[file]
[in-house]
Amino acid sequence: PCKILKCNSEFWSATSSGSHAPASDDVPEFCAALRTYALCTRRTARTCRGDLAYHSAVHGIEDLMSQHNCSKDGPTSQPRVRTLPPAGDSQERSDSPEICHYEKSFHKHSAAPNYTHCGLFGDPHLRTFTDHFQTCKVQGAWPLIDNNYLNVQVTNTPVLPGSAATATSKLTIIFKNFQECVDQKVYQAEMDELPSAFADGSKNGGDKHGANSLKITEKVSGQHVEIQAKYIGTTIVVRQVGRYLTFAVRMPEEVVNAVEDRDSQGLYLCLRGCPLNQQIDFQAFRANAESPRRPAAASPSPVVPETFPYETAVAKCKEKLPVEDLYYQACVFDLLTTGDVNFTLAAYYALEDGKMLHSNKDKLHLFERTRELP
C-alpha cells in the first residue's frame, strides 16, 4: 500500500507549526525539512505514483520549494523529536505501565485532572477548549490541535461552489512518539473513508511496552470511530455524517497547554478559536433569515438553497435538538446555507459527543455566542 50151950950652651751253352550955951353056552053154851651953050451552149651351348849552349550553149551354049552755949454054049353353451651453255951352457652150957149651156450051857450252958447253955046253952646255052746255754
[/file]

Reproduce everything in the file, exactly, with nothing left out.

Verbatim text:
[in-house]
Amino acid sequence: PCKILKCNSEFWSATSSGSHAPASDDVPEFCAALRTYALCTRRTARTCRGDLAYHSAVHGIEDLMSQHNCSKDGPTSQPRVRTLPPAGDSQERSDSPEICHYEKSFHKHSAAPNYTHCGLFGDPHLRTFTDHFQTCKVQGAWPLIDNNYLNVQVTNTPVLPGSAATATSKLTIIFKNFQECVDQKVYQAEMDELPSAFADGSKNGGDKHGANSLKITEKVSGQHVEIQAKYIGTTIVVRQVGRYLTFAVRMPEEVVNAVEDRDSQGLYLCLRGCPLNQQIDFQAFRANAESPRRPAAASPSPVVPETFPYETAVAKCKEKLPVEDLYYQACVFDLLTTGDVNFTLAAYYALEDGKMLHSNKDKLHLFERTRELP
C-alpha cells in the first residue's frame, strides 16, 4: 500500500507549526525539512505514483520549494523529536505501565485532572477548549490541535461552489512518539473513508511496552470511530455524517497547554478559536433569515438553497435538538446555507459527543455566542 50151950950652651751253352550955951353056552053154851651953050451552149651351348849552349550553149551354049552755949454054049353353451651453255951352457652150957149651156450051857450252958447253955046253952646255052746255754